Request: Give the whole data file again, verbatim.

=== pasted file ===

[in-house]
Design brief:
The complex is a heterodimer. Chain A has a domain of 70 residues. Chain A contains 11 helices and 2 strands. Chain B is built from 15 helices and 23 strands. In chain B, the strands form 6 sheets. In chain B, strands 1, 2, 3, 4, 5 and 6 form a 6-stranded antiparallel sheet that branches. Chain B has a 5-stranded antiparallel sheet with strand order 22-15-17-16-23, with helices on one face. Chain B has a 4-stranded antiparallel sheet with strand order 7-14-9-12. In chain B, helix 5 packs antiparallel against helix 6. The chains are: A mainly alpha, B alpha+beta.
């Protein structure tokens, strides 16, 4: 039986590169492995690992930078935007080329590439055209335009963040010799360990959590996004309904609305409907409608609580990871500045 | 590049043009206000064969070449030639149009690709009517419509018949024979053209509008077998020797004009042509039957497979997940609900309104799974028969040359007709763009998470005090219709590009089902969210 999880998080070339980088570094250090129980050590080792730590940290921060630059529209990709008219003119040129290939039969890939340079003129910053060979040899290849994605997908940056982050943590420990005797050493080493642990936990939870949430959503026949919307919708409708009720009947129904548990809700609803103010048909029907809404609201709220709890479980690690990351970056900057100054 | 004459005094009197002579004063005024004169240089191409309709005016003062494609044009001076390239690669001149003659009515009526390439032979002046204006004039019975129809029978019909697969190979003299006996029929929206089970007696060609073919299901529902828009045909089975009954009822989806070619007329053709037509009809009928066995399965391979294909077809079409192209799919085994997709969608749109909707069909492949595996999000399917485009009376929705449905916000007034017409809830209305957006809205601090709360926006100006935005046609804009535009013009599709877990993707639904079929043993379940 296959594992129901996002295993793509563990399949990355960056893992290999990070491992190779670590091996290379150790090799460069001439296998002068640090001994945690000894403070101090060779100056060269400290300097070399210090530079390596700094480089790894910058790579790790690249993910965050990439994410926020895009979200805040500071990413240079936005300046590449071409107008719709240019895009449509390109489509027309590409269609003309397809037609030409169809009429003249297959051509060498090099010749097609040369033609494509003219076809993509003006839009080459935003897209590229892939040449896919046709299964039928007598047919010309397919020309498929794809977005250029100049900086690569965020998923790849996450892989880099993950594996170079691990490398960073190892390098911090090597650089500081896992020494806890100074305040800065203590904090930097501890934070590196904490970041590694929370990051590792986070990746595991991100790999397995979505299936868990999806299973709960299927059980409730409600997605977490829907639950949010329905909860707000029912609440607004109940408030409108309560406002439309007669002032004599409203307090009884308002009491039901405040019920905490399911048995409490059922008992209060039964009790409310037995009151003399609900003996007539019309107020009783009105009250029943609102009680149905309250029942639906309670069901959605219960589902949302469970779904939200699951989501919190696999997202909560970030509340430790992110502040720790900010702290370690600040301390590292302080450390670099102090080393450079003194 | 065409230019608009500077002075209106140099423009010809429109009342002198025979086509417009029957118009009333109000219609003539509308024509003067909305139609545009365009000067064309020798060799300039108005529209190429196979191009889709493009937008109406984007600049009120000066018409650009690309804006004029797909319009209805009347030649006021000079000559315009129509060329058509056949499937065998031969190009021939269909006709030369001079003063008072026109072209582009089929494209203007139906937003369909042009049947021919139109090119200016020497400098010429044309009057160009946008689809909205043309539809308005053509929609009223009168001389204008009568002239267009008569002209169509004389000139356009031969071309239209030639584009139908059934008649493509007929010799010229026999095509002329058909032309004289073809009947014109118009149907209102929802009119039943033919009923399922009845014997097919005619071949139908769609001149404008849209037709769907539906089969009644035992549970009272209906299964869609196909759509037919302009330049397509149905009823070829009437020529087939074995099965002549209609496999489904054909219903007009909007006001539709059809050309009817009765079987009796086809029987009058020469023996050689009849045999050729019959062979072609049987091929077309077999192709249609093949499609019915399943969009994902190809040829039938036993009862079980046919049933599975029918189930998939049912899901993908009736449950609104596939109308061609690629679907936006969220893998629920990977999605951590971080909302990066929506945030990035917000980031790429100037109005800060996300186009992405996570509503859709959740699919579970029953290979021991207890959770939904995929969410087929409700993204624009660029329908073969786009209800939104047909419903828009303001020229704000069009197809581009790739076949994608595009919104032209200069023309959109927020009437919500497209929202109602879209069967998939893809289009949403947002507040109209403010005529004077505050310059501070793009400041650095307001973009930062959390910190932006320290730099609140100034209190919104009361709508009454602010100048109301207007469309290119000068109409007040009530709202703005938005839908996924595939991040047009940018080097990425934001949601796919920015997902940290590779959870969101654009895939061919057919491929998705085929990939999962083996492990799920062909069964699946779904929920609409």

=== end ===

[in-house]
Design brief:
The complex is a heterodimer. Chain A has a domain of 70 residues. Chain A contains 11 helices and 2 strands. Chain B is built from 15 helices and 23 strands. In chain B, the strands form 6 sheets. In chain B, strands 1, 2, 3, 4, 5 and 6 form a 6-stranded antiparallel sheet that branches. Chain B has a 5-stranded antiparallel sheet with strand order 22-15-17-16-23, with helices on one face. Chain B has a 4-stranded antiparallel sheet with strand order 7-14-9-12. In chain B, helix 5 packs antiparallel against helix 6. The chains are: A mainly alpha, B alpha+beta.
């Protein structure tokens, strides 16, 4: 039986590169492995690992930078935007080329590439055209335009963040010799360990959590996004309904609305409907409608609580990871500045 | 590049043009206000064969070449030639149009690709009517419509018949024979053209509008077998020797004009042509039957497979997940609900309104799974028969040359007709763009998470005090219709590009089902969210 999880998080070339980088570094250090129980050590080792730590940290921060630059529209990709008219003119040129290939039969890939340079003129910053060979040899290849994605997908940056982050943590420990005797050493080493642990936990939870949430959503026949919307919708409708009720009947129904548990809700609803103010048909029907809404609201709220709890479980690690990351970056900057100054 | 004459005094009197002579004063005024004169240089191409309709005016003062494609044009001076390239690669001149003659009515009526390439032979002046204006004039019975129809029978019909697969190979003299006996029929929206089970007696060609073919299901529902828009045909089975009954009822989806070619007329053709037509009809009928066995399965391979294909077809079409192209799919085994997709969608749109909707069909492949595996999000399917485009009376929705449905916000007034017409809830209305957006809205601090709360926006100006935005046609804009535009013009599709877990993707639904079929043993379940 296959594992129901996002295993793509563990399949990355960056893992290999990070491992190779670590091996290379150790090799460069001439296998002068640090001994945690000894403070101090060779100056060269400290300097070399210090530079390596700094480089790894910058790579790790690249993910965050990439994410926020895009979200805040500071990413240079936005300046590449071409107008719709240019895009449509390109489509027309590409269609003309397809037609030409169809009429003249297959051509060498090099010749097609040369033609494509003219076809993509003006839009080459935003897209590229892939040449896919046709299964039928007598047919010309397919020309498929794809977005250029100049900086690569965020998923790849996450892989880099993950594996170079691990490398960073190892390098911090090597650089500081896992020494806890100074305040800065203590904090930097501890934070590196904490970041590694929370990051590792986070990746595991991100790999397995979505299936868990999806299973709960299927059980409730409600997605977490829907639950949010329905909860707000029912609440607004109940408030409108309560406002439309007669002032004599409203307090009884308002009491039901405040019920905490399911048995409490059922008992209060039964009790409310037995009151003399609900003996007539019309107020009783009105009250029943609102009680149905309250029942639906309670069901959605219960589902949302469970779904939200699951989501919190696999997202909560970030509340430790992110502040720790900010702290370690600040301390590292302080450390670099102090080393450079003194 | 065409230019608009500077002075209106140099423009010809429109009342002198025979086509417009029957118009009333109000219609003539509308024509003067909305139609545009365009000067064309020798060799300039108005529209190429196979191009889709493009937008109406984007600049009120000066018409650009690309804006004029797909319009209805009347030649006021000079000559315009129509060329058509056949499937065998031969190009021939269909006709030369001079003063008072026109072209582009089929494209203007139906937003369909042009049947021919139109090119200016020497400098010429044309009057160009946008689809909205043309539809308005053509929609009223009168001389204008009568002239267009008569002209169509004389000139356009031969071309239209030639584009139908059934008649493509007929010799010229026999095509002329058909032309004289073809009947014109118009149907209102929802009119039943033919009923399922009845014997097919005619071949139908769609001149404008849209037709769907539906089969009644035992549970009272209906299964869609196909759509037919302009330049397509149905009823070829009437020529087939074995099965002549209609496999489904054909219903007009909007006001539709059809050309009817009765079987009796086809029987009058020469023996050689009849045999050729019959062979072609049987091929077309077999192709249609093949499609019915399943969009994902190809040829039938036993009862079980046919049933599975029918189930998939049912899901993908009736449950609104596939109308061609690629679907936006969220893998629920990977999605951590971080909302990066929506945030990035917000980031790429100037109005800060996300186009992405996570509503859709959740699919579970029953290979021991207890959770939904995929969410087929409700993204624009660029329908073969786009209800939104047909419903828009303001020229704000069009197809581009790739076949994608595009919104032209200069023309959109927020009437919500497209929202109602879209069967998939893809289009949403947002507040109209403010005529004077505050310059501070793009400041650095307001973009930062959390910190932006320290730099609140100034209190919104009361709508009454602010100048109301207007469309290119000068109409007040009530709202703005938005839908996924595939991040047009940018080097990425934001949601796919920015997902940290590779959870969101654009895939061919057919491929998705085929990939999962083996492990799920062909069964699946779904929920609409």